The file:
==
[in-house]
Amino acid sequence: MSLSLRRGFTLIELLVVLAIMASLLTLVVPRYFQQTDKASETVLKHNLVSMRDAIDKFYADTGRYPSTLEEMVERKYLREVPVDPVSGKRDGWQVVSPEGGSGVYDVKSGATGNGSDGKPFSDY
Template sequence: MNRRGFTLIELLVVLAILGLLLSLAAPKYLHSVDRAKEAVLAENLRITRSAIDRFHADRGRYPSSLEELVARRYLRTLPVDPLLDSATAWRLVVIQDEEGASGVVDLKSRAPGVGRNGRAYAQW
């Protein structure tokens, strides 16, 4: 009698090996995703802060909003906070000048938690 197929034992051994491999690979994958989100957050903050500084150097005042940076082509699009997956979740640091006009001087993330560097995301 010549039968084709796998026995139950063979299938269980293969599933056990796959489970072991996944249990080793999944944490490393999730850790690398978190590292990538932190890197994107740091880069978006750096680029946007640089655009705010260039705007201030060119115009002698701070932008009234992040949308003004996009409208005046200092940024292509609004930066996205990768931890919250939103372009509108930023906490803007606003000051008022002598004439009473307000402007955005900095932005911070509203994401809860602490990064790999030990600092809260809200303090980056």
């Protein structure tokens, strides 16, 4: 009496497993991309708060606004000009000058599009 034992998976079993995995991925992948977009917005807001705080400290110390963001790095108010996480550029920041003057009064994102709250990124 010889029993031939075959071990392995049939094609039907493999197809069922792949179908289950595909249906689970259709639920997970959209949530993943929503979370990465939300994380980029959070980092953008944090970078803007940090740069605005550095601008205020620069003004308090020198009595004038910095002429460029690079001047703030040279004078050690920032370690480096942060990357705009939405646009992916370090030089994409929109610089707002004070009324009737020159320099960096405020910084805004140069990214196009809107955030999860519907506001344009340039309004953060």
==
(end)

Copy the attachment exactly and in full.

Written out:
[in-house]
Amino acid sequence: MSLSLRRGFTLIELLVVLAIMASLLTLVVPRYFQQTDKASETVLKHNLVSMRDAIDKFYADTGRYPSTLEEMVERKYLREVPVDPVSGKRDGWQVVSPEGGSGVYDVKSGATGNGSDGKPFSDY
Template sequence: MNRRGFTLIELLVVLAILGLLLSLAAPKYLHSVDRAKEAVLAENLRITRSAIDRFHADRGRYPSSLEELVARRYLRTLPVDPLLDSATAWRLVVIQDEEGASGVVDLKSRAPGVGRNGRAYAQW
């Protein structure tokens, strides 16, 4: 009698090996995703802060909003906070000048938690 197929034992051994491999690979994958989100957050903050500084150097005042940076082509699009997956979740640091006009001087993330560097995301 010549039968084709796998026995139950063979299938269980293969599933056990796959489970072991996944249990080793999944944490490393999730850790690398978190590292990538932190890197994107740091880069978006750096680029946007640089655009705010260039705007201030060119115009002698701070932008009234992040949308003004996009409208005046200092940024292509609004930066996205990768931890919250939103372009509108930023906490803007606003000051008022002598004439009473307000402007955005900095932005911070509203994401809860602490990064790999030990600092809260809200303090980056």
């Protein structure tokens, strides 16, 4: 009496497993991309708060606004000009000058599009 034992998976079993995995991925992948977009917005807001705080400290110390963001790095108010996480550029920041003057009064994102709250990124 010889029993031939075959071990392995049939094609039907493999197809069922792949179908289950595909249906689970259709639920997970959209949530993943929503979370990465939300994380980029959070980092953008944090970078803007940090740069605005550095601008205020620069003004308090020198009595004038910095002429460029690079001047703030040279004078050690920032370690480096942060990357705009939405646009992916370090030089994409929109610089707002004070009324009737020159320099960096405020910084805004140069990214196009809107955030999860519907506001344009340039309004953060």